Penguin mauled by dog in Christchurch

01:39, May 10 2012
INJURED: Pauline Conayne, wildlife technician at the Wildlife Health Centre at Massey University tends to the injured yellow-eyed penguin.

A young yellow-eyed penguin mauled by a dog on a Christchurch beach has prompted calls for more responsible dog ownership.

A family stood guard around a yellow-eyed penguin on Southshore Beach last month to stop unattended dogs getting closer to it until Department of Conservation (DOC) ranger Anita Spencer arrived.

Spencer said the family were "heroes" for looking after it for more than 40 minutes.

The penguin was taken to the Hornby Veterinary Centre and then sent to the Wildlife Health Centre at Massey University for an operation.

The vet and Spencer agreed it had been attacked by a dog.

"[It was] most likely picked up by its back leg and shaken. It had injuries on its back as well," Spencer said.


The penguin, named Titahi, has had its broken leg pinned and faces several months of rehabilitation before it can be released back into the wild.

The area where the penguin was found is prohibited to dogs under Christchurch City Council bylaws, but they are allowed in the nearby dunes under effective voice control or on a lead.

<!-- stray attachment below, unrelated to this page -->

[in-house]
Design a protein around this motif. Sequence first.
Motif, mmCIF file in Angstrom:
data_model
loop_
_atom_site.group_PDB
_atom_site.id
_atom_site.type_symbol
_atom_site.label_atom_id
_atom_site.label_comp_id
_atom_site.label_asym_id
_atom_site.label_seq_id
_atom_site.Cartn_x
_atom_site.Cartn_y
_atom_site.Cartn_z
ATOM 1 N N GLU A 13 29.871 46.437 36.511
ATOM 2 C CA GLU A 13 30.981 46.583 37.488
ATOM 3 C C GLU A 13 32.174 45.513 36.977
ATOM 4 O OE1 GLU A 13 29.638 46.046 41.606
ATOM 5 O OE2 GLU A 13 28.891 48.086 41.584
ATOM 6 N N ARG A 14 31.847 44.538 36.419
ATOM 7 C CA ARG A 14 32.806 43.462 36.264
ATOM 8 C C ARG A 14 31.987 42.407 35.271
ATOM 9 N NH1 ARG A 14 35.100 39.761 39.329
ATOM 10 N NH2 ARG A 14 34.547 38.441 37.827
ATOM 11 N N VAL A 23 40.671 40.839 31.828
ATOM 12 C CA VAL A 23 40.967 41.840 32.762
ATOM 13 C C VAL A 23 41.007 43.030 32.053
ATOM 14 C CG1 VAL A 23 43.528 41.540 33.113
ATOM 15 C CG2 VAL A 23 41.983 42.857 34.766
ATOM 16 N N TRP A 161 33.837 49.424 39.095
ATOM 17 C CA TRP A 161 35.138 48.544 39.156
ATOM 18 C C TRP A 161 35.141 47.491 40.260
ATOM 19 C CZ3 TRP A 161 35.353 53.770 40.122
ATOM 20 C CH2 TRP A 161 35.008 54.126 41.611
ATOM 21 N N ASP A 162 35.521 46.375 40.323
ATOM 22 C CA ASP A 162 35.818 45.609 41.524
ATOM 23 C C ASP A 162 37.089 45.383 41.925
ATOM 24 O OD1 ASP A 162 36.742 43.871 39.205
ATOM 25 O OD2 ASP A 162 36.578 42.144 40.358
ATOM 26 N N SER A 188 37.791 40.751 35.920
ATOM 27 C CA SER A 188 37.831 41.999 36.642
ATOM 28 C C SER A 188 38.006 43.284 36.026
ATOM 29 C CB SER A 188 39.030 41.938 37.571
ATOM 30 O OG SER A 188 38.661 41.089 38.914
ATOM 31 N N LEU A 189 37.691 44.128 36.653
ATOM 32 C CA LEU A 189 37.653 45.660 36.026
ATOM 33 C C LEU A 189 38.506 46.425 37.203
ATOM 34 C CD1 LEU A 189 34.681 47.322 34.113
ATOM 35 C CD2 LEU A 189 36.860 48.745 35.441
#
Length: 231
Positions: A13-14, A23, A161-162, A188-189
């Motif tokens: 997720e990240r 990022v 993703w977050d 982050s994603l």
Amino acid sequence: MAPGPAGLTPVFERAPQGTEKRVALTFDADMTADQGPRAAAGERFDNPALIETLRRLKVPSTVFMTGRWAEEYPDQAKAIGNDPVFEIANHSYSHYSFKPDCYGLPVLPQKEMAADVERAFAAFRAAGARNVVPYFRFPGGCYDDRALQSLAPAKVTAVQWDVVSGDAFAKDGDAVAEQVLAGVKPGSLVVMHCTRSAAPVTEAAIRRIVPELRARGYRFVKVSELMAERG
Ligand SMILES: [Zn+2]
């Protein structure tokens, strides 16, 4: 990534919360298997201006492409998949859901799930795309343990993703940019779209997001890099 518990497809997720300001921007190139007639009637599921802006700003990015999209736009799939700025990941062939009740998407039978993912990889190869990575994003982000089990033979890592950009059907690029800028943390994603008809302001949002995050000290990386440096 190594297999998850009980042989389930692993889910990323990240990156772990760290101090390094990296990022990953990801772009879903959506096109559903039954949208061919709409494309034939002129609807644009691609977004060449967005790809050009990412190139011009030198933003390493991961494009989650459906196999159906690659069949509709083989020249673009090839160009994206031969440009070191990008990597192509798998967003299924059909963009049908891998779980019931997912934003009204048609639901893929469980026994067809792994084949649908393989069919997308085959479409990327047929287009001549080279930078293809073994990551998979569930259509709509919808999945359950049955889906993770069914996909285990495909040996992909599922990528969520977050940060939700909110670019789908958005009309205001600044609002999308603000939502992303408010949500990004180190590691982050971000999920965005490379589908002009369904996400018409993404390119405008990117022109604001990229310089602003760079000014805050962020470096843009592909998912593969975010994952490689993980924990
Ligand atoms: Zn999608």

Small numbers of yellow-eyed penguins nest on Banks Peninsula, where DOC, along with the city council, the Banks Peninsula Conservation Trust and interested parties, are trapping predators.

Spencer said penguins were at their most vulnerable when they were young as they explored the wild, fed and wandered around before they settled to breed.

"To have this juvenile mauled by a dog on its first journey into the world is really disappointing and completely avoidable," she said.

Council animal-control team leader Mark Vincent said dog owners must keep their pets on leads, especially in protected areas where vulnerable wildlife was concentrated.

Dogs were especially dangerous to flightless birds, he said.

"Even when dogs don't catch the birds, they're chasing. They can still cause stress, which can lead birds to desert their eggs and chicks or abandon an area altogether."

He said it was a serious offence for a dog to harass protected wildlife, and dog owners could face imprisonment or fines of up to $20,000 if an animal was killed.

The Press